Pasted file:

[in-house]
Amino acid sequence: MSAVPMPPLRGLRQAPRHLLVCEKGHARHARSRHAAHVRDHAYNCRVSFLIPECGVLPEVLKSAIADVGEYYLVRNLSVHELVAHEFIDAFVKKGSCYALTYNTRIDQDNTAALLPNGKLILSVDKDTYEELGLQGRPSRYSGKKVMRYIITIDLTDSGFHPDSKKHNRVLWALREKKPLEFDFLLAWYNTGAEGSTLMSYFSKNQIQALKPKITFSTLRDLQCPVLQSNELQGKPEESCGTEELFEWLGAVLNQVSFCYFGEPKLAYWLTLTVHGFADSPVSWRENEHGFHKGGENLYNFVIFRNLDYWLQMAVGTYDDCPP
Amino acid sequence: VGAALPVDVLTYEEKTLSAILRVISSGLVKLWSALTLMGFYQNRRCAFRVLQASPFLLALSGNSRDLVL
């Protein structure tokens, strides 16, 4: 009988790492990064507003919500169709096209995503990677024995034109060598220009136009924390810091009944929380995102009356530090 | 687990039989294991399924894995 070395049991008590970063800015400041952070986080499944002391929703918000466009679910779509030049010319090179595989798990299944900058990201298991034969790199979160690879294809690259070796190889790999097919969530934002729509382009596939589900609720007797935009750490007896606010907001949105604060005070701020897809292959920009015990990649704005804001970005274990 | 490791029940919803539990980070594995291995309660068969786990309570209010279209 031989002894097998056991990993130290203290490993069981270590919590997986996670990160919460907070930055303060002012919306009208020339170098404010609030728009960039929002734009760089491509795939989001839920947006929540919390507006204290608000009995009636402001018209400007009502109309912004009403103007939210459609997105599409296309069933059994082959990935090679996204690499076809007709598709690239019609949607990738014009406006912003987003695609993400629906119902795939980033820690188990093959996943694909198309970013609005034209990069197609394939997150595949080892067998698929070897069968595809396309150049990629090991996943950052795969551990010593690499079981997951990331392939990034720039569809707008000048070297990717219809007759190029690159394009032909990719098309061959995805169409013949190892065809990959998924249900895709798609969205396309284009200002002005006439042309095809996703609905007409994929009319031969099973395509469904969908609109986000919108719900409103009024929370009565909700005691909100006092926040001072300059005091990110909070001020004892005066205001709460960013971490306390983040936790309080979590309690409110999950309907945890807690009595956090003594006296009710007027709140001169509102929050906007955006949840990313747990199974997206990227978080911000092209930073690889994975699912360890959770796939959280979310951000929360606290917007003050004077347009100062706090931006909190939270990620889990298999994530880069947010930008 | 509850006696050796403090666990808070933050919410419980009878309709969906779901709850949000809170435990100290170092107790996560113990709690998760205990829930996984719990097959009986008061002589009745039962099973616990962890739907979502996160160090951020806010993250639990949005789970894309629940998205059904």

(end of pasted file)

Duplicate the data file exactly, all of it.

[in-house]
Amino acid sequence: MSAVPMPPLRGLRQAPRHLLVCEKGHARHARSRHAAHVRDHAYNCRVSFLIPECGVLPEVLKSAIADVGEYYLVRNLSVHELVAHEFIDAFVKKGSCYALTYNTRIDQDNTAALLPNGKLILSVDKDTYEELGLQGRPSRYSGKKVMRYIITIDLTDSGFHPDSKKHNRVLWALREKKPLEFDFLLAWYNTGAEGSTLMSYFSKNQIQALKPKITFSTLRDLQCPVLQSNELQGKPEESCGTEELFEWLGAVLNQVSFCYFGEPKLAYWLTLTVHGFADSPVSWRENEHGFHKGGENLYNFVIFRNLDYWLQMAVGTYDDCPP
Amino acid sequence: VGAALPVDVLTYEEKTLSAILRVISSGLVKLWSALTLMGFYQNRRCAFRVLQASPFLLALSGNSRDLVL
């Protein structure tokens, strides 16, 4: 009988790492990064507003919500169709096209995503990677024995034109060598220009136009924390810091009944929380995102009356530090 | 687990039989294991399924894995 070395049991008590970063800015400041952070986080499944002391929703918000466009679910779509030049010319090179595989798990299944900058990201298991034969790199979160690879294809690259070796190889790999097919969530934002729509382009596939589900609720007797935009750490007896606010907001949105604060005070701020897809292959920009015990990649704005804001970005274990 | 490791029940919803539990980070594995291995309660068969786990309570209010279209 031989002894097998056991990993130290203290490993069981270590919590997986996670990160919460907070930055303060002012919306009208020339170098404010609030728009960039929002734009760089491509795939989001839920947006929540919390507006204290608000009995009636402001018209400007009502109309912004009403103007939210459609997105599409296309069933059994082959990935090679996204690499076809007709598709690239019609949607990738014009406006912003987003695609993400629906119902795939980033820690188990093959996943694909198309970013609005034209990069197609394939997150595949080892067998698929070897069968595809396309150049990629090991996943950052795969551990010593690499079981997951990331392939990034720039569809707008000048070297990717219809007759190029690159394009032909990719098309061959995805169409013949190892065809990959998924249900895709798609969205396309284009200002002005006439042309095809996703609905007409994929009319031969099973395509469904969908609109986000919108719900409103009024929370009565909700005691909100006092926040001072300059005091990110909070001020004892005066205001709460960013971490306390983040936790309080979590309690409110999950309907945890807690009595956090003594006296009710007027709140001169509102929050906007955006949840990313747990199974997206990227978080911000092209930073690889994975699912360890959770796939959280979310951000929360606290917007003050004077347009100062706090931006909190939270990620889990298999994530880069947010930008 | 509850006696050796403090666990808070933050919410419980009878309709969906779901709850949000809170435990100290170092107790996560113990709690998760205990829930996984719990097959009986008061002589009745039962099973616990962890739907979502996160160090951020806010993250639990949005789970894309629940998205059904």